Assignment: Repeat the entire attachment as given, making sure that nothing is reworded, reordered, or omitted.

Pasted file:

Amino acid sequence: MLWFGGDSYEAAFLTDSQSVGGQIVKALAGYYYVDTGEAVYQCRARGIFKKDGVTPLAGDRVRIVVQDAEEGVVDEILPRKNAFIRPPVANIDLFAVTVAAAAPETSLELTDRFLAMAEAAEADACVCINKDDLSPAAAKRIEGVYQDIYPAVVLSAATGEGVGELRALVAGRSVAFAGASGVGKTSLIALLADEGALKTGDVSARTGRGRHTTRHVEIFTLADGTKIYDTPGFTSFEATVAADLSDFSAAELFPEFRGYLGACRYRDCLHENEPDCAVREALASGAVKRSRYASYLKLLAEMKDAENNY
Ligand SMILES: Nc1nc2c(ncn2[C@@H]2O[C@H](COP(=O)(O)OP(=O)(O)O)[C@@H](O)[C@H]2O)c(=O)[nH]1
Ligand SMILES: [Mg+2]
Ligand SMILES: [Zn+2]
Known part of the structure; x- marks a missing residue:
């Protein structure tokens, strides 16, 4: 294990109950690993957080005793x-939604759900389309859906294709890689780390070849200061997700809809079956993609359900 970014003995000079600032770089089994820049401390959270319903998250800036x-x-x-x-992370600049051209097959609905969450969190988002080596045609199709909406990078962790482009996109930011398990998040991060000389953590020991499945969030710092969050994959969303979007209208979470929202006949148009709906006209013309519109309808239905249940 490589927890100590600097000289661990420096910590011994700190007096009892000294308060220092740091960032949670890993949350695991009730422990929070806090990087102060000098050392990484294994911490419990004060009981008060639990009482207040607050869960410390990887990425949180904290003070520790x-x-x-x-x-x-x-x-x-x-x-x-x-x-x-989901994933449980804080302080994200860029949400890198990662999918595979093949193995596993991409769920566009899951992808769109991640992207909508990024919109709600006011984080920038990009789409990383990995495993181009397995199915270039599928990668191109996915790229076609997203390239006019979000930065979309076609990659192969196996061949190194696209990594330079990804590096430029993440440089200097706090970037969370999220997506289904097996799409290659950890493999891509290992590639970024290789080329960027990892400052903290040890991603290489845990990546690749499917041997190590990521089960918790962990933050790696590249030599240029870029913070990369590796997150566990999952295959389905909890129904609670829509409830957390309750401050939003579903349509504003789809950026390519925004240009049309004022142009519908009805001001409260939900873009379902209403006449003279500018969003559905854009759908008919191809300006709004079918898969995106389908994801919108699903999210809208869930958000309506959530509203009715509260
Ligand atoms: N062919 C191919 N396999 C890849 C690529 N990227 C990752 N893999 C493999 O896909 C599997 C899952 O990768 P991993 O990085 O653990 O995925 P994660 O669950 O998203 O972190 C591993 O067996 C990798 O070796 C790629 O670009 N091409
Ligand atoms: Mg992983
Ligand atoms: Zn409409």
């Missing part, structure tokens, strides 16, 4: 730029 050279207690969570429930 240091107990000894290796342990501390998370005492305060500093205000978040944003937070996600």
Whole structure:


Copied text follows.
Amino acid sequence: MLWFGGDSYEAAFLTDSQSVGGQIVKALAGYYYVDTGEAVYQCRARGIFKKDGVTPLAGDRVRIVVQDAEEGVVDEILPRKNAFIRPPVANIDLFAVTVAAAAPETSLELTDRFLAMAEAAEADACVCINKDDLSPAAAKRIEGVYQDIYPAVVLSAATGEGVGELRALVAGRSVAFAGASGVGKTSLIALLADEGALKTGDVSARTGRGRHTTRHVEIFTLADGTKIYDTPGFTSFEATVAADLSDFSAAELFPEFRGYLGACRYRDCLHENEPDCAVREALASGAVKRSRYASYLKLLAEMKDAENNY
Ligand SMILES: Nc1nc2c(ncn2[C@@H]2O[C@H](COP(=O)(O)OP(=O)(O)O)[C@@H](O)[C@H]2O)c(=O)[nH]1
Ligand SMILES: [Mg+2]
Ligand SMILES: [Zn+2]
Known part of the structure; x- marks a missing residue:
């Protein structure tokens, strides 16, 4: 294990109950690993957080005793x-939604759900389309859906294709890689780390070849200061997700809809079956993609359900 970014003995000079600032770089089994820049401390959270319903998250800036x-x-x-x-992370600049051209097959609905969450969190988002080596045609199709909406990078962790482009996109930011398990998040991060000389953590020991499945969030710092969050994959969303979007209208979470929202006949148009709906006209013309519109309808239905249940 490589927890100590600097000289661990420096910590011994700190007096009892000294308060220092740091960032949670890993949350695991009730422990929070806090990087102060000098050392990484294994911490419990004060009981008060639990009482207040607050869960410390990887990425949180904290003070520790x-x-x-x-x-x-x-x-x-x-x-x-x-x-x-989901994933449980804080302080994200860029949400890198990662999918595979093949193995596993991409769920566009899951992808769109991640992207909508990024919109709600006011984080920038990009789409990383990995495993181009397995199915270039599928990668191109996915790229076609997203390239006019979000930065979309076609990659192969196996061949190194696209990594330079990804590096430029993440440089200097706090970037969370999220997506289904097996799409290659950890493999891509290992590639970024290789080329960027990892400052903290040890991603290489845990990546690749499917041997190590990521089960918790962990933050790696590249030599240029870029913070990369590796997150566990999952295959389905909890129904609670829509409830957390309750401050939003579903349509504003789809950026390519925004240009049309004022142009519908009805001001409260939900873009379902209403006449003279500018969003559905854009759908008919191809300006709004079918898969995106389908994801919108699903999210809208869930958000309506959530509203009715509260
Ligand atoms: N062919 C191919 N396999 C890849 C690529 N990227 C990752 N893999 C493999 O896909 C599997 C899952 O990768 P991993 O990085 O653990 O995925 P994660 O669950 O998203 O972190 C591993 O067996 C990798 O070796 C790629 O670009 N091409
Ligand atoms: Mg992983
Ligand atoms: Zn409409």
């Missing part, structure tokens, strides 16, 4: 730029 050279207690969570429930 240091107990000894290796342990501390998370005492305060500093205000978040944003937070996600």
Whole structure: